‘Hope for the Homeless’ student pays it forward

Brigitte Carreiro

Hope for the Homeless, a new, nonprofit organization started by Suffolk freshman Amanda Jean Hogg, is working to lend a helping hand to the homeless of the Boston area.

Hogg, a native of Maine and sociology major with an early childhood education minor, started the organization about two weeks ago as a way to create a community that strives to acknowledge the homeless of this city.

“The mission is to show homeless people that they haven’t been forgotten or overlooked in our society through little acts of kindness,” said Hogg.

Hogg’s mission is to show the homeless that they have not been forgotten about.
Brigitte Carreiro/Journal Staff

The idea for Hope for the Homeless first came about when Hogg approached a homeless man on Tremont Street, only to find that he was unconscious and unresponsive, she said.

“I called 911 and the paramedics came, and it really kind of bothered me that no one took the time out of the day to notice this man, and I know hundreds of people noticed it and saw him but I couldn’t figure out why no one stopped,” she said. “That prompted me to do something and remind people that just because they’re homeless doesn’t mean they’re less than you or I.”

Though the organization has only recently gotten its feet off the ground, Hogg said that she is already getting lots of positive feedback and is gaining a following, with more than 50 people who are on board with Hogg’s cause and who wish to volunteer their time for fundraising and other events.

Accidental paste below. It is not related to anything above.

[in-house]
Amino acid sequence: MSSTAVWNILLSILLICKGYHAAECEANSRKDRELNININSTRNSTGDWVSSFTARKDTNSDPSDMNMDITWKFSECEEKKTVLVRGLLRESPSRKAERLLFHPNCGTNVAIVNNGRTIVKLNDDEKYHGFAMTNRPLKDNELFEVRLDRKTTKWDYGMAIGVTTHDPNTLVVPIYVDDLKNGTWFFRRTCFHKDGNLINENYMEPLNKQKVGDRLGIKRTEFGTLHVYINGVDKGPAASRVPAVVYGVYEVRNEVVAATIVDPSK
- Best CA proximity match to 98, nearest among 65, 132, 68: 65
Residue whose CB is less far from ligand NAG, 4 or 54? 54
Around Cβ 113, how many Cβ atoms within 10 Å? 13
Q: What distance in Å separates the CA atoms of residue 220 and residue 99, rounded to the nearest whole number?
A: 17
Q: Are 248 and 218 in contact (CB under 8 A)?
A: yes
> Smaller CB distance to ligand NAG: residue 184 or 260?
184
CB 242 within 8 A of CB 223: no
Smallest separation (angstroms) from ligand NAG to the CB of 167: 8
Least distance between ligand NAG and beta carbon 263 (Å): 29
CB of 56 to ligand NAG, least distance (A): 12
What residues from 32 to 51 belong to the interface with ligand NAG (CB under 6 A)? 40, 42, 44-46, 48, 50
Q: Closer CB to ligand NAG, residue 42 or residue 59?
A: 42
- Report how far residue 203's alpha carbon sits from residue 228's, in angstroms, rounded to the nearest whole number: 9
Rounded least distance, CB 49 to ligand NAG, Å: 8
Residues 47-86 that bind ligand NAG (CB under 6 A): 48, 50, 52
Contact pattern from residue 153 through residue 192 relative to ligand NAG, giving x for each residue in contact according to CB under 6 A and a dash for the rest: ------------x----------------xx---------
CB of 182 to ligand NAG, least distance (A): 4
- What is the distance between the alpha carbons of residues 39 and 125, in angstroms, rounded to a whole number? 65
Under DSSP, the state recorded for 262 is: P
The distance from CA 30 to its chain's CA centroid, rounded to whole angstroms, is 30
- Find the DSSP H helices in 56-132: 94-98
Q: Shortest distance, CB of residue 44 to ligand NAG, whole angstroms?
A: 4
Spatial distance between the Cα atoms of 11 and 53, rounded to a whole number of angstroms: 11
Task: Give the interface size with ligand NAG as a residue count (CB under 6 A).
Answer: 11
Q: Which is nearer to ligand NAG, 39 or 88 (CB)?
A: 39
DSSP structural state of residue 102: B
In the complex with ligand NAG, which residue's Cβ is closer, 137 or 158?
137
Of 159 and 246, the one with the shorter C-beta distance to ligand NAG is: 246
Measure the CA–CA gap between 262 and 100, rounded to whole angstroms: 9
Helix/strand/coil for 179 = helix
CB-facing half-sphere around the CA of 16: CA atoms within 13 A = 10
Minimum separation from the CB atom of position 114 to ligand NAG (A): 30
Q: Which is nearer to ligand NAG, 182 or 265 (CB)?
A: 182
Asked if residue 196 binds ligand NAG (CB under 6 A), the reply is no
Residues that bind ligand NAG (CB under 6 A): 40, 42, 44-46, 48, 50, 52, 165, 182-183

“Currently it’s just me running it, but I have received emails from a few other students of the Suffolk body who would like to join the cause and help me as an administrator,” she said. “A lot of people really think it’s a great cause and a good idea, and a lot of people are really adamant about joining.”

As of now, Hope for the Homeless is only Suffolk-based, though Hogg desires to expand beyond the university in the future.

Hogg said she hopes her goal of aiding the homeless and making them feel acknowledged will be accomplished through fundraising that can support the organization’s endeavors.

“It’s my plan to hold fundraising events, where we would receive donations for clothes, food, and money,” said Hogg. “Clothes would either be handed out to homeless shelters or homeless individuals on the street, food would be given to food pantries, and money would be for us to do our acts of kindness, like say, go to Dunkin Donuts and buy coffee and just hand it out to them.”

On top of donations, Hogg said that she would be actively going out into the city to directly lend a hand to helping the homeless.

“I also plan on volunteering my time at soup kitchens, and I’d like other group members to do that as well. So it would be an organization where we do things together,” she said.

Hogg said she wants to make Hope for the Homeless an official Suffolk University club organization.

“I looked into starting it as a Suffolk club [first], and that’s a long process, it doesn’t just happen overnight. So it’s my hope to get members first, and that would make the process of starting a club or organization through Suffolk easier,” she said.

When asked how she balances schoolwork with starting an organization, Hogg said that she does not see it as a challenge.

“I don’t really consider it so much balancing. I make the time because it’s something I’m passionate about,” she said.

Hogg’s mission to create a better society for the homeless can be found at bostonhope4homeless.weebly.com.

“Time needs to be taken out of our days to care for them and respect them. They’re still individuals, and we’re not sure where they came from before in life, so they should be respected and pointed out,” said Hogg.